Greetings, Citizens of the Universe!
In addition to other reviews (especially as Hello! Project becomes somewhat quiet on the newsfront), I’m going to attempt something different this month: #MemeMay. What is #MemeMay? Every Monday in May (the “sweeps month” for Q2), I’m going to take a look at a piece of J-pop associated with memes. #MemeMonday and #NewMusicMonday are already a thing so… every Monday in May is #MemeMusicMonday.
What better way to begin the celebrate the collision of J-pop and memes with what is possibly the most relevant one of the four I picked (aka the certified confirmed ones I could find on Know Your Meme. While I’m familiar with other J-pop memes listed there, I went with the confirmed stuff just to be safe): Kyary Pamyu Pamyu.
This fashion blogger-turned-pop phenom is sure to ring some bells for some.
I remember when the video came out and made quite a stir. Since I was already a fan of Yasutaka Nakata’s work in Capsule and Perfume, his distinctive fingerprint being on Kyary’s material was a great gateway in. What solidified it for me was the surreal visuals and Kyary’s own unique style, definitely reflecting the unique scene she came from.
PON PON PON
Given that Yasutaka Nakata was involved, the style of technopop should be familiar to fans of Capsule and/or Perfume (like me), along with anyone else he’s worked with. Spouting cheerful (if nonsensical at times) lyrics with her signature childlike voice, PON PON PON is sure to get as stuck in your head as the CANDY CANDY that marks her sophomore single release.
For a first single, it’s pretty good (and this is coming from someone who despite liking this song, liked her subsequent singles more — and this was when she had three out). The beat is sure to get your head popping (as it has a few times with me while writing this) and the words… there’s a reason “PON PON WAY WAY WAY” used to be a thing people said.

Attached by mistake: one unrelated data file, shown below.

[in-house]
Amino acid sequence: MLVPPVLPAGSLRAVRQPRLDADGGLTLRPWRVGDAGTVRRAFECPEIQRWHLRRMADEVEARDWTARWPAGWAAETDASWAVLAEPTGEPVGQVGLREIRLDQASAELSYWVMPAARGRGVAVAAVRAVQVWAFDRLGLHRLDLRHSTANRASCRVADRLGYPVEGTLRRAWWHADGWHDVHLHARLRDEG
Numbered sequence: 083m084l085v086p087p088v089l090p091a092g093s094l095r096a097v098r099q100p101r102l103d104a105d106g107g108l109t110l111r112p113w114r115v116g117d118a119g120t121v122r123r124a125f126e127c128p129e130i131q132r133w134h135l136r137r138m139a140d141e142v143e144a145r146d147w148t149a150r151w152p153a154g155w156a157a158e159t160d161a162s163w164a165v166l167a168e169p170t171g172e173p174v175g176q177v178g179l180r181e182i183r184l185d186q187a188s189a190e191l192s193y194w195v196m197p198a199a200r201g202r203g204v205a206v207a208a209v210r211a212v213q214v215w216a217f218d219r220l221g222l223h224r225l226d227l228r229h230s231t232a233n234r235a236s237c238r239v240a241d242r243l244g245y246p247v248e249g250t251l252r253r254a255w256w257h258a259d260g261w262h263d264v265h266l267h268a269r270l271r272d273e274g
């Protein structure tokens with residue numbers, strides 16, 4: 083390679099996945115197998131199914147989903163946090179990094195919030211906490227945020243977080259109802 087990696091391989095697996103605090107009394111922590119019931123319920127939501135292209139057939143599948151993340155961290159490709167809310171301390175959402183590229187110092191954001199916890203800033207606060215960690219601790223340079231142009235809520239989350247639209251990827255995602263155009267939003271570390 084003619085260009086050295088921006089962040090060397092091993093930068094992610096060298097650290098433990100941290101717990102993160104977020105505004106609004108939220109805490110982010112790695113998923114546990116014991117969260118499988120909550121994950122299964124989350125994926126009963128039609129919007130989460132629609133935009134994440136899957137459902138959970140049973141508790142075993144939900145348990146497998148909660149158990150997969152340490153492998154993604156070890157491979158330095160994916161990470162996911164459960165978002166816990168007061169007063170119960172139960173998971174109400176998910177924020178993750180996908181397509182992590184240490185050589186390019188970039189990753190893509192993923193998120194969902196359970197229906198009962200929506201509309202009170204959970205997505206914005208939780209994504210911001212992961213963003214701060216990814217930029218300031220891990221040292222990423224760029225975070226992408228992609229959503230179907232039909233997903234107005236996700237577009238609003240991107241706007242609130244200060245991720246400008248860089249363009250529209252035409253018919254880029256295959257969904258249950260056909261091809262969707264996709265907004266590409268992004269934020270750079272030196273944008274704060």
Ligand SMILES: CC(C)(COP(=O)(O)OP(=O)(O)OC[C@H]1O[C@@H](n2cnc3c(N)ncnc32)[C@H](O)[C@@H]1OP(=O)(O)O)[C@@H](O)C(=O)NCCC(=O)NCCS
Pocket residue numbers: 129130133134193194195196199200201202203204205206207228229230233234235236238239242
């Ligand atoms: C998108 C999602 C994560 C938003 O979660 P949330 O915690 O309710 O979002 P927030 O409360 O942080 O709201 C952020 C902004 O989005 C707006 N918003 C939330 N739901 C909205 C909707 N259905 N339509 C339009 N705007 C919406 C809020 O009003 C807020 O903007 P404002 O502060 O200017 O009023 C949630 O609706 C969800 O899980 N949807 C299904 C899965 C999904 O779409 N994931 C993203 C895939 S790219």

Of course, PON PON PON didn’t simply become a meme by virtue of its catchiness. What really pushed it to the ranks of Gangnam Style, Caramelldansen, and [insert other #MemeMusicMonday topic here] was its music video.
The music video has two distinct, but equally memorable settings. The first one is a room that filled to the brim with stuff. From Lisa Frank and Kraft Mac and Cheese to toys and trinkets, the room is overflowing with trinkets.
(Appropriately, according to info on Wikipedia via an interview, the art director for the MV is Sebastian Masuda, who is well-known among the Japanese street fashion scene for his 6%DOKIDOKI brand. You can see the brand at work through these posts on the Tokyo Fashion Tumblr and the brand’s official Instagram.)
The other one, featuring a pink Kyary, is meant to be her mental world. Featuring CGI and super-imposed live-action elements, it is a treat for those who enjoy the more surreal aspects of the visual media.
Of course, one thing that makes the MV memorable is how these respective “settings” blend into one another. One example is the little interlude to the second verse, set by clapping: CGI bread ties the scenes together, which features either Kyary herself or a plus-sized figure that is prominent in the “mental” scenes.
It’s weird coming back to this one. As much as I love Capsule and Perfume, I will admit that this was also when I was falling off of the wagon. I loved her subsequent singles. I remember the debate among the International Wota/Idolminded blogosphere as to whether Kyary should be classified as an “idol” or an “artist.” (Kyary herself views her position as being among the latter… or at least not among the “idol” sect. To be fair, there are going to be some topics come the summer that challenge the idea of an idol.)
Either way, this is a good track and you can see why this went viral — and it’s a good thing it did, for better or for worse.
Until the Next One!